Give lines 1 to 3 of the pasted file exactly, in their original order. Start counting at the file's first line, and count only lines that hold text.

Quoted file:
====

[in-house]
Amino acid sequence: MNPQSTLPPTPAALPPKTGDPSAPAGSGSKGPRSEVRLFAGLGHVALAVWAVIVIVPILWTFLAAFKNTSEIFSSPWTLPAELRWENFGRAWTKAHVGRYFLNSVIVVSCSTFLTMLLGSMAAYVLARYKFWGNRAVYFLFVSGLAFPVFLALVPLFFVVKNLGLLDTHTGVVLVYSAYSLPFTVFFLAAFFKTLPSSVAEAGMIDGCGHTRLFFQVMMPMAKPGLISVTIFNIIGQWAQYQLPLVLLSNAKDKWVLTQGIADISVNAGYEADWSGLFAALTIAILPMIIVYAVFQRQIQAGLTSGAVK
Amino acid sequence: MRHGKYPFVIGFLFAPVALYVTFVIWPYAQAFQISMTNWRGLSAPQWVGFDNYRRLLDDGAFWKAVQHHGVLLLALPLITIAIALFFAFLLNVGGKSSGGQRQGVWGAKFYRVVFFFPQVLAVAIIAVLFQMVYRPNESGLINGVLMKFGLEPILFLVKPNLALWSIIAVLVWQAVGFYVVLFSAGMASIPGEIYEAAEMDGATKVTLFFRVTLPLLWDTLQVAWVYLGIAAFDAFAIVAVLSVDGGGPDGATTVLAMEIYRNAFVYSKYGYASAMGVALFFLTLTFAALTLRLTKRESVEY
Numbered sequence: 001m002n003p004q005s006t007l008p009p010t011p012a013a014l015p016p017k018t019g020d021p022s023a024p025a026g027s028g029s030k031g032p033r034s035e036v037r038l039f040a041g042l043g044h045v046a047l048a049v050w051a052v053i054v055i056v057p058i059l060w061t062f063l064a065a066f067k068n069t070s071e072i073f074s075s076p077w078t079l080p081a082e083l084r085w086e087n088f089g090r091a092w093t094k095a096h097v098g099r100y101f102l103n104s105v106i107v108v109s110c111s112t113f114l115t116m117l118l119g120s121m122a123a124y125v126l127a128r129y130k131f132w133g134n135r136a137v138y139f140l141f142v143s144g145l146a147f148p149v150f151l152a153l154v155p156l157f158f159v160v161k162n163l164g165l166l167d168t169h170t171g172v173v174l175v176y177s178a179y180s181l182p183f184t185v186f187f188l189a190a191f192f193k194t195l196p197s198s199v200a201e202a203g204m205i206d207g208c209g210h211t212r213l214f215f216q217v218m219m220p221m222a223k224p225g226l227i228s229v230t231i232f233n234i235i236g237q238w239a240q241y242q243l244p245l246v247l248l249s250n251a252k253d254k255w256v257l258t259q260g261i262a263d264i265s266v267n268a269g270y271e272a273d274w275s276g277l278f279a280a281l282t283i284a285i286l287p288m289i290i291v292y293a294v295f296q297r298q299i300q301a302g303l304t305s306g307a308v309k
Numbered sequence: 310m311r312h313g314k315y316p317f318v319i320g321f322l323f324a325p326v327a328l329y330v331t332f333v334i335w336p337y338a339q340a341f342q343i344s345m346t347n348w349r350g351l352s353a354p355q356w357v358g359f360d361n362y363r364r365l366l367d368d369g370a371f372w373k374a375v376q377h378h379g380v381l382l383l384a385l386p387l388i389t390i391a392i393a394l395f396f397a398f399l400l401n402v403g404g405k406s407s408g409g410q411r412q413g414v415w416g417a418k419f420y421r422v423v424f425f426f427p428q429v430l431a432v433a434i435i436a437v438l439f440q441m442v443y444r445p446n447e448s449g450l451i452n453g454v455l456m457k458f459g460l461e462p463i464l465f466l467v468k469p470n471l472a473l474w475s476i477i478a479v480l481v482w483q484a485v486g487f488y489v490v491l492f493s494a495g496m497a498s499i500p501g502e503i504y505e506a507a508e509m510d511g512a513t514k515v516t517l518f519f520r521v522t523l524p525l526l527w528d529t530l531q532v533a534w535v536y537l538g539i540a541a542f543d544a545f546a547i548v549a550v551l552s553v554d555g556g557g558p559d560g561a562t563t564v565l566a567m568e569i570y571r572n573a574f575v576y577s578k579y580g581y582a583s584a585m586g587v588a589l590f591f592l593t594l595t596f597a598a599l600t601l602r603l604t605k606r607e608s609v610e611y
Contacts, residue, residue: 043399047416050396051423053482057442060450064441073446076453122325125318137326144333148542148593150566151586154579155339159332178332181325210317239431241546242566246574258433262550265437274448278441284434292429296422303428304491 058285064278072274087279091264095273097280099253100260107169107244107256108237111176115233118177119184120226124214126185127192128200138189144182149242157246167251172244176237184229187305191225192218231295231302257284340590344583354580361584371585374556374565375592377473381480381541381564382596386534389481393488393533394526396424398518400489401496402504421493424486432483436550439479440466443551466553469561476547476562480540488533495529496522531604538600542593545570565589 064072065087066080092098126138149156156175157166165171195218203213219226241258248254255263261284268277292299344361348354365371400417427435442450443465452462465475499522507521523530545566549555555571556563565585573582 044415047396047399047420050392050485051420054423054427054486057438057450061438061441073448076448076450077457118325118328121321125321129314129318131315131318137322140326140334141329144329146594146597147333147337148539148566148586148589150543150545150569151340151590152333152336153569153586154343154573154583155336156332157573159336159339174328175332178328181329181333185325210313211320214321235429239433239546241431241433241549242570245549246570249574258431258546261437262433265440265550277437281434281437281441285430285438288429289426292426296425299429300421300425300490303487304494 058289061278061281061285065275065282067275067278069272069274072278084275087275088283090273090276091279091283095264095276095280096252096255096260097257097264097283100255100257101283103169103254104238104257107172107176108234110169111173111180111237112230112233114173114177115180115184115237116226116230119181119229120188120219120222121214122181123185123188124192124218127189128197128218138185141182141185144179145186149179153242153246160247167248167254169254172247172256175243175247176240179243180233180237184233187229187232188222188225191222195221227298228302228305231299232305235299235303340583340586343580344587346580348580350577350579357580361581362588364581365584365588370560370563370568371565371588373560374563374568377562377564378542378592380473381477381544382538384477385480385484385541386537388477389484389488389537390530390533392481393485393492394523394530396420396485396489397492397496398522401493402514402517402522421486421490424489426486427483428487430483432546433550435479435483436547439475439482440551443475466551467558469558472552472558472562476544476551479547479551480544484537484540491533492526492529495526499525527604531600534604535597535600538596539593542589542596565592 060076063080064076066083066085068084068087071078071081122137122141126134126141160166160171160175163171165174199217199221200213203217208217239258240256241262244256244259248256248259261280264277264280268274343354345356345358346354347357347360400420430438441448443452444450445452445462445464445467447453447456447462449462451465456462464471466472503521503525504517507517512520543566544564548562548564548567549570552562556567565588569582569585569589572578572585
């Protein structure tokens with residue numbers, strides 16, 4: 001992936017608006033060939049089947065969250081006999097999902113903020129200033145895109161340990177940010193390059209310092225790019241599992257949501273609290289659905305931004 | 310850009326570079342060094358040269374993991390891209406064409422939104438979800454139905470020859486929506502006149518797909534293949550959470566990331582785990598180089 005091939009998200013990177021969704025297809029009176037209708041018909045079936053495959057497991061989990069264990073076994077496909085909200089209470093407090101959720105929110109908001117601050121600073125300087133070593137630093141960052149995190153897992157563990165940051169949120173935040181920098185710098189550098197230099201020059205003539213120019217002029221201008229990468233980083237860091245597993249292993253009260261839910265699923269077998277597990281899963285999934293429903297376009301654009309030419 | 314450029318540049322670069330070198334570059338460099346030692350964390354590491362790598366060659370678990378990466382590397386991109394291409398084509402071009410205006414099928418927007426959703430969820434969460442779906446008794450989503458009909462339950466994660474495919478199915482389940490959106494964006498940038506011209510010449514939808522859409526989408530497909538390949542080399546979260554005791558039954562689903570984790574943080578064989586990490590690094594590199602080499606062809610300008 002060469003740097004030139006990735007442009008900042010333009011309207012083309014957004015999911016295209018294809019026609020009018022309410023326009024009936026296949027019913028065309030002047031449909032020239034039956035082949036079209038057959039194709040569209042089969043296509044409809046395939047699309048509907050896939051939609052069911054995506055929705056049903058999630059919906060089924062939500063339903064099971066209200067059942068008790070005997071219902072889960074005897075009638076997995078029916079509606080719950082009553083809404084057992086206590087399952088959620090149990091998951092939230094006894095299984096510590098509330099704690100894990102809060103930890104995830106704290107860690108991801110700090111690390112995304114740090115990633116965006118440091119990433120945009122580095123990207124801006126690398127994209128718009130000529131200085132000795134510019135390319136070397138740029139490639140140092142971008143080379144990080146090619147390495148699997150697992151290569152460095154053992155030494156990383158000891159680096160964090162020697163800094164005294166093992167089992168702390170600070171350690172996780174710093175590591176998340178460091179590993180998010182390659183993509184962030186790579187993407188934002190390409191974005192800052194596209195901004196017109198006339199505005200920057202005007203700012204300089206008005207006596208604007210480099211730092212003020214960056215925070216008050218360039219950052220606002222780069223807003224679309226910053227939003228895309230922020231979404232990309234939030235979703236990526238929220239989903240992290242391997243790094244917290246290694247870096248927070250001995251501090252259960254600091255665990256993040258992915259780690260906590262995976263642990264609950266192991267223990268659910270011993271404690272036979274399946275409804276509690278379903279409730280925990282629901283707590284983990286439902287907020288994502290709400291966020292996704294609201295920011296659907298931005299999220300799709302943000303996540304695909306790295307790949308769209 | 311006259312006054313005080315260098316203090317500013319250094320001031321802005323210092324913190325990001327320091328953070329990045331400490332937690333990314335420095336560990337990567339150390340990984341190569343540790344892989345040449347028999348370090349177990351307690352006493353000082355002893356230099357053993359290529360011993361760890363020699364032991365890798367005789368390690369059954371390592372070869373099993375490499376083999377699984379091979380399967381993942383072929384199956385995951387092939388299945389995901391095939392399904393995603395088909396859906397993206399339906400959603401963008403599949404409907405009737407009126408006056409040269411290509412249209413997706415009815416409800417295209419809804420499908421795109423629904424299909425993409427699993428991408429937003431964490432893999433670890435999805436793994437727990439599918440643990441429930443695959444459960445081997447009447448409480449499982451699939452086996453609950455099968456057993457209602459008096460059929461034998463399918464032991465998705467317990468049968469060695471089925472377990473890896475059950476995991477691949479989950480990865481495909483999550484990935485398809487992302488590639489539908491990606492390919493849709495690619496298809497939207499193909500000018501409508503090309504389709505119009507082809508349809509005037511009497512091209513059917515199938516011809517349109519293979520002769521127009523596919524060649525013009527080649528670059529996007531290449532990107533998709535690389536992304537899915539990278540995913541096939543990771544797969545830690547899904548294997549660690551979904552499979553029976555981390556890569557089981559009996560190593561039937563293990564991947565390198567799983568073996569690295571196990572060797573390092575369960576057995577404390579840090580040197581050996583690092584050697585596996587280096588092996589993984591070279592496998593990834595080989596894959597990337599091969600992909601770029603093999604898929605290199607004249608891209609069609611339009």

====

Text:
[in-house]
Amino acid sequence: MNPQSTLPPTPAALPPKTGDPSAPAGSGSKGPRSEVRLFAGLGHVALAVWAVIVIVPILWTFLAAFKNTSEIFSSPWTLPAELRWENFGRAWTKAHVGRYFLNSVIVVSCSTFLTMLLGSMAAYVLARYKFWGNRAVYFLFVSGLAFPVFLALVPLFFVVKNLGLLDTHTGVVLVYSAYSLPFTVFFLAAFFKTLPSSVAEAGMIDGCGHTRLFFQVMMPMAKPGLISVTIFNIIGQWAQYQLPLVLLSNAKDKWVLTQGIADISVNAGYEADWSGLFAALTIAILPMIIVYAVFQRQIQAGLTSGAVK
Amino acid sequence: MRHGKYPFVIGFLFAPVALYVTFVIWPYAQAFQISMTNWRGLSAPQWVGFDNYRRLLDDGAFWKAVQHHGVLLLALPLITIAIALFFAFLLNVGGKSSGGQRQGVWGAKFYRVVFFFPQVLAVAIIAVLFQMVYRPNESGLINGVLMKFGLEPILFLVKPNLALWSIIAVLVWQAVGFYVVLFSAGMASIPGEIYEAAEMDGATKVTLFFRVTLPLLWDTLQVAWVYLGIAAFDAFAIVAVLSVDGGGPDGATTVLAMEIYRNAFVYSKYGYASAMGVALFFLTLTFAALTLRLTKRESVEY